Marla and Anne met with Solina Mukamana, owner of Saintpaulia landscapes. They offer landscaping, maintenance, gardening, cleaning and flowers. During the visit, Solina received on the spot help with ideas for incremental sales, branding and advertising. In addition to the site we visited, she has land where she grows plants. We discussed the possibilities for contracting with new home builders and expanding her industrial contracts.
Banking on the Future
Marla and Richard continued their research on banks. They visited two commercial banks, Bank of Kigali and Coge Bank, and BRD, Rwandan Development Bank. Since the majority of businesses in Rwanda are small and medium enterprises, most of the commercial banks are serving this population. BRD focuses on businesses with economic and social impact in the development of the country. BRD encouraged some of our women to participate in a World Bank sponsored business plan competition where 10 winners receive a minimum $10,000 loan from BRD. In addition, BRD committed to putting together a panel of bankers to evaluate associates business plans.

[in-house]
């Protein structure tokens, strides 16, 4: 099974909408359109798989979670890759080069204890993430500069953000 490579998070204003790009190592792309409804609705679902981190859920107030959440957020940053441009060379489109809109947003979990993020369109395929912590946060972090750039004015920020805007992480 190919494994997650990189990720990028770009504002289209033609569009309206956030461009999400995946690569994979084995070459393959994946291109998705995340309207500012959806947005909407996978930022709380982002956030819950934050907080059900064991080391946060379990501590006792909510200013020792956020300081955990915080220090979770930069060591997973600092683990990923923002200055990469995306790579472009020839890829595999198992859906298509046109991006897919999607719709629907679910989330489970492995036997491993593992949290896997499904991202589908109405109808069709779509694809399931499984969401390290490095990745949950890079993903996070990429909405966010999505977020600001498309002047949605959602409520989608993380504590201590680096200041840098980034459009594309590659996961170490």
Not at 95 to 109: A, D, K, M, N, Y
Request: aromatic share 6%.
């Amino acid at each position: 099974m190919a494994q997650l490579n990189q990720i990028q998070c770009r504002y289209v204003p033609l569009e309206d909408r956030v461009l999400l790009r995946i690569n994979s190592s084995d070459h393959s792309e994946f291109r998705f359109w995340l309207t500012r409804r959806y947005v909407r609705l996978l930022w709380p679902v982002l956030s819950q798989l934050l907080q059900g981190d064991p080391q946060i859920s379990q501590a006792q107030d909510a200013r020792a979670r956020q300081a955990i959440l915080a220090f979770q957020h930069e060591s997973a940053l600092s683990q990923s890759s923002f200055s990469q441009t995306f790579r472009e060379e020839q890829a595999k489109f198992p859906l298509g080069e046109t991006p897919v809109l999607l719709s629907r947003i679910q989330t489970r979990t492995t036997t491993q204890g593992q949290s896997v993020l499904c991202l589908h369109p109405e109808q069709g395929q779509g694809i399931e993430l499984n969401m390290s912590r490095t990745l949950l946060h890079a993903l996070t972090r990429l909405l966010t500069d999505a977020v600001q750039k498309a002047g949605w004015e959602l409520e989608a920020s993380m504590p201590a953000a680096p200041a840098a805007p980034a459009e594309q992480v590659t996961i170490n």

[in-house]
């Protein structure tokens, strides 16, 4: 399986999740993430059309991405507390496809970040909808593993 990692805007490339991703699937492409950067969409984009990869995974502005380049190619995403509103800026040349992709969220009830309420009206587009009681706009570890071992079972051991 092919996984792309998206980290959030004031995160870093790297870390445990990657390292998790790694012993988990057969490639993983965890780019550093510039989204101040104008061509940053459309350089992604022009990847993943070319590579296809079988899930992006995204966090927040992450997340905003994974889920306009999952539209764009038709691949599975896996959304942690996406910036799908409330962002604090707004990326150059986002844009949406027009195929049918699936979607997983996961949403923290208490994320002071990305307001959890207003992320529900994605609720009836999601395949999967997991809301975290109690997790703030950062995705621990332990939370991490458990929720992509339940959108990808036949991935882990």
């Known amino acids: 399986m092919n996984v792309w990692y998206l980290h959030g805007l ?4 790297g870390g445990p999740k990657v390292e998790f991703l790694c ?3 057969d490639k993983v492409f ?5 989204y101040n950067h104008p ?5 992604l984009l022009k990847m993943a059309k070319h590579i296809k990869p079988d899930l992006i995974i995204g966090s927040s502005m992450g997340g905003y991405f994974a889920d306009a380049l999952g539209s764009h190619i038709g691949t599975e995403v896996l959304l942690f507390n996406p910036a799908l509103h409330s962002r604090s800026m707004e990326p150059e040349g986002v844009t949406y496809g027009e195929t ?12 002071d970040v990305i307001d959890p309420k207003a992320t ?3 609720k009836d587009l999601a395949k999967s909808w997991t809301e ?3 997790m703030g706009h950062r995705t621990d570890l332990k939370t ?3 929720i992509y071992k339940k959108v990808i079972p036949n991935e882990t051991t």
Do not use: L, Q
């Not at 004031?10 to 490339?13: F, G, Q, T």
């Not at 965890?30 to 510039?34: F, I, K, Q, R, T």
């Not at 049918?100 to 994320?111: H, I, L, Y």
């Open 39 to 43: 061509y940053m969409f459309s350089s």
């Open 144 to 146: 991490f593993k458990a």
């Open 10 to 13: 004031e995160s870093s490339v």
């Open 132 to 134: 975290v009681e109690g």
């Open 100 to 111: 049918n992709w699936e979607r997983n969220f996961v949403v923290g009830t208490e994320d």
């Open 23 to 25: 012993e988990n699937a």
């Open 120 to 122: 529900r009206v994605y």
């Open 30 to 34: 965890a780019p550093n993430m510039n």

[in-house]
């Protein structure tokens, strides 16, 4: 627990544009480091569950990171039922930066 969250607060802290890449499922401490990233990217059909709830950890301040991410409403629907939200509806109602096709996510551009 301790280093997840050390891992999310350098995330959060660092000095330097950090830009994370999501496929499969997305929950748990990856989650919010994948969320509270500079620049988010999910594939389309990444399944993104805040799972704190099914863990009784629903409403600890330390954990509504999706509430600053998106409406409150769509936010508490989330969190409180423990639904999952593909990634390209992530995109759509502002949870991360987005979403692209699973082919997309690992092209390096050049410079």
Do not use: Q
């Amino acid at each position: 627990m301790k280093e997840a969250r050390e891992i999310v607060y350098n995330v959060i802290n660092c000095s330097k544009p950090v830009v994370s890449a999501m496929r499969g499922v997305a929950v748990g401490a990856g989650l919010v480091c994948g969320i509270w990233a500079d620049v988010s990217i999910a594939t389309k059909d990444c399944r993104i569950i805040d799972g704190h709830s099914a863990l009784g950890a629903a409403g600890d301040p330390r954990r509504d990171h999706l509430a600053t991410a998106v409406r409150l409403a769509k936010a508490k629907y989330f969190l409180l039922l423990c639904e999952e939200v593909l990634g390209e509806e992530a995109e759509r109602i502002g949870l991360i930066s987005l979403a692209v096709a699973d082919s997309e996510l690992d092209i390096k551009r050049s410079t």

REIPA promotes Tourism
As part of the effort to encourage tourism, Sabra, Selma and Loretta traveled to Lake Kivu with other attendees of the REIPA conference. They got to experience the beauty of the countryside as well as Lake Kivu.
Our new associates held a lively party in our honor. We were treated to an evening of Rwandan food, Music and Dancing! We also received lovely gifts and a moving speech delivered by Constance on behalf of all the new associates. She noted, "Now BPeace came in right time because we can talk and you hear us. We promise that we will also work hard in BPeace building." And we promise to work hard on behalf of the Rwandan women and when they talk we will hear them.